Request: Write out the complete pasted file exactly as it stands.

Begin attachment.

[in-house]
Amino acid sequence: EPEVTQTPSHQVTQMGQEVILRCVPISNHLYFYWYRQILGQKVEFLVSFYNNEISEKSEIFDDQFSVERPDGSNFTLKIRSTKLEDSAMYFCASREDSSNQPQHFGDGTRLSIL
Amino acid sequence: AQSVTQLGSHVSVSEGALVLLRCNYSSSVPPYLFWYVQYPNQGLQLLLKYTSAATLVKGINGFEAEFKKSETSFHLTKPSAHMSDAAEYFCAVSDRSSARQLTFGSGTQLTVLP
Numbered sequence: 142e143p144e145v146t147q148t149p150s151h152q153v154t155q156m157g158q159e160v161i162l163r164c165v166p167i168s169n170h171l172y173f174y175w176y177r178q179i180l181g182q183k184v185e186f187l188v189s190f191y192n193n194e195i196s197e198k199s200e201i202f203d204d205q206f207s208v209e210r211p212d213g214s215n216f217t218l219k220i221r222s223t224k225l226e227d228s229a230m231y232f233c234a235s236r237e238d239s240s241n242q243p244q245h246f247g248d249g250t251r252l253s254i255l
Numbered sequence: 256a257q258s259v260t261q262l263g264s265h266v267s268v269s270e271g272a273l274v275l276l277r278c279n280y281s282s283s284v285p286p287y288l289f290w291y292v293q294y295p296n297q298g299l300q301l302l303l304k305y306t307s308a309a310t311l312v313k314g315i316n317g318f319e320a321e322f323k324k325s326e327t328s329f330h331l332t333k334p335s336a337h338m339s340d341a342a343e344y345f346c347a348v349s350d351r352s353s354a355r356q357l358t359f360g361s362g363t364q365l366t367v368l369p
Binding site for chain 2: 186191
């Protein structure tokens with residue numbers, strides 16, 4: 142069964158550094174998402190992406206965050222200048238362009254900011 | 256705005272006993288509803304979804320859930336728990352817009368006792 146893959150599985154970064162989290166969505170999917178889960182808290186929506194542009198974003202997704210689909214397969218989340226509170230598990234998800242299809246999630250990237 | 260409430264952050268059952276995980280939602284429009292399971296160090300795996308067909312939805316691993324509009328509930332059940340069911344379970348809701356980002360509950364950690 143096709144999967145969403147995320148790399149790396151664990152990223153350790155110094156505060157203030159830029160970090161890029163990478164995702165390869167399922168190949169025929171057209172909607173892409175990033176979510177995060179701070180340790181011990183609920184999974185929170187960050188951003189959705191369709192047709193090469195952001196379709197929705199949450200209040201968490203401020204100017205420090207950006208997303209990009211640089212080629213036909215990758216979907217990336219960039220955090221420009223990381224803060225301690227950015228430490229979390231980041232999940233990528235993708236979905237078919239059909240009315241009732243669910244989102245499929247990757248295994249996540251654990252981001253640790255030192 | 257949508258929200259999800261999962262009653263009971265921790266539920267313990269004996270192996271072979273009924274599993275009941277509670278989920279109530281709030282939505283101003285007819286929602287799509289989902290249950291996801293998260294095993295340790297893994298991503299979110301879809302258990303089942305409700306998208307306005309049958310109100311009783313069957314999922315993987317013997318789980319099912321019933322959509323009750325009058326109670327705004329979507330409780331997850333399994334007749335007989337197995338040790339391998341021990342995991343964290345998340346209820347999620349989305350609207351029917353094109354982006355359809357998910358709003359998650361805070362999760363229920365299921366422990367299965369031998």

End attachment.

[in-house]
Amino acid sequence: EPEVTQTPSHQVTQMGQEVILRCVPISNHLYFYWYRQILGQKVEFLVSFYNNEISEKSEIFDDQFSVERPDGSNFTLKIRSTKLEDSAMYFCASREDSSNQPQHFGDGTRLSIL
Amino acid sequence: AQSVTQLGSHVSVSEGALVLLRCNYSSSVPPYLFWYVQYPNQGLQLLLKYTSAATLVKGINGFEAEFKKSETSFHLTKPSAHMSDAAEYFCAVSDRSSARQLTFGSGTQLTVLP
Numbered sequence: 142e143p144e145v146t147q148t149p150s151h152q153v154t155q156m157g158q159e160v161i162l163r164c165v166p167i168s169n170h171l172y173f174y175w176y177r178q179i180l181g182q183k184v185e186f187l188v189s190f191y192n193n194e195i196s197e198k199s200e201i202f203d204d205q206f207s208v209e210r211p212d213g214s215n216f217t218l219k220i221r222s223t224k225l226e227d228s229a230m231y232f233c234a235s236r237e238d239s240s241n242q243p244q245h246f247g248d249g250t251r252l253s254i255l
Numbered sequence: 256a257q258s259v260t261q262l263g264s265h266v267s268v269s270e271g272a273l274v275l276l277r278c279n280y281s282s283s284v285p286p287y288l289f290w291y292v293q294y295p296n297q298g299l300q301l302l303l304k305y306t307s308a309a310t311l312v313k314g315i316n317g318f319e320a321e322f323k324k325s326e327t328s329f330h331l332t333k334p335s336a337h338m339s340d341a342a343e344y345f346c347a348v349s350d351r352s353s354a355r356q357l358t359f360g361s362g363t364q365l366t367v368l369p
Binding site for chain 2: 186191
């Protein structure tokens with residue numbers, strides 16, 4: 142069964158550094174998402190992406206965050222200048238362009254900011 | 256705005272006993288509803304979804320859930336728990352817009368006792 146893959150599985154970064162989290166969505170999917178889960182808290186929506194542009198974003202997704210689909214397969218989340226509170230598990234998800242299809246999630250990237 | 260409430264952050268059952276995980280939602284429009292399971296160090300795996308067909312939805316691993324509009328509930332059940340069911344379970348809701356980002360509950364950690 143096709144999967145969403147995320148790399149790396151664990152990223153350790155110094156505060157203030159830029160970090161890029163990478164995702165390869167399922168190949169025929171057209172909607173892409175990033176979510177995060179701070180340790181011990183609920184999974185929170187960050188951003189959705191369709192047709193090469195952001196379709197929705199949450200209040201968490203401020204100017205420090207950006208997303209990009211640089212080629213036909215990758216979907217990336219960039220955090221420009223990381224803060225301690227950015228430490229979390231980041232999940233990528235993708236979905237078919239059909240009315241009732243669910244989102245499929247990757248295994249996540251654990252981001253640790255030192 | 257949508258929200259999800261999962262009653263009971265921790266539920267313990269004996270192996271072979273009924274599993275009941277509670278989920279109530281709030282939505283101003285007819286929602287799509289989902290249950291996801293998260294095993295340790297893994298991503299979110301879809302258990303089942305409700306998208307306005309049958310109100311009783313069957314999922315993987317013997318789980319099912321019933322959509323009750325009058326109670327705004329979507330409780331997850333399994334007749335007989337197995338040790339391998341021990342995991343964290345998340346209820347999620349989305350609207351029917353094109354982006355359809357998910358709003359998650361805070362999760363229920365299921366422990367299965369031998």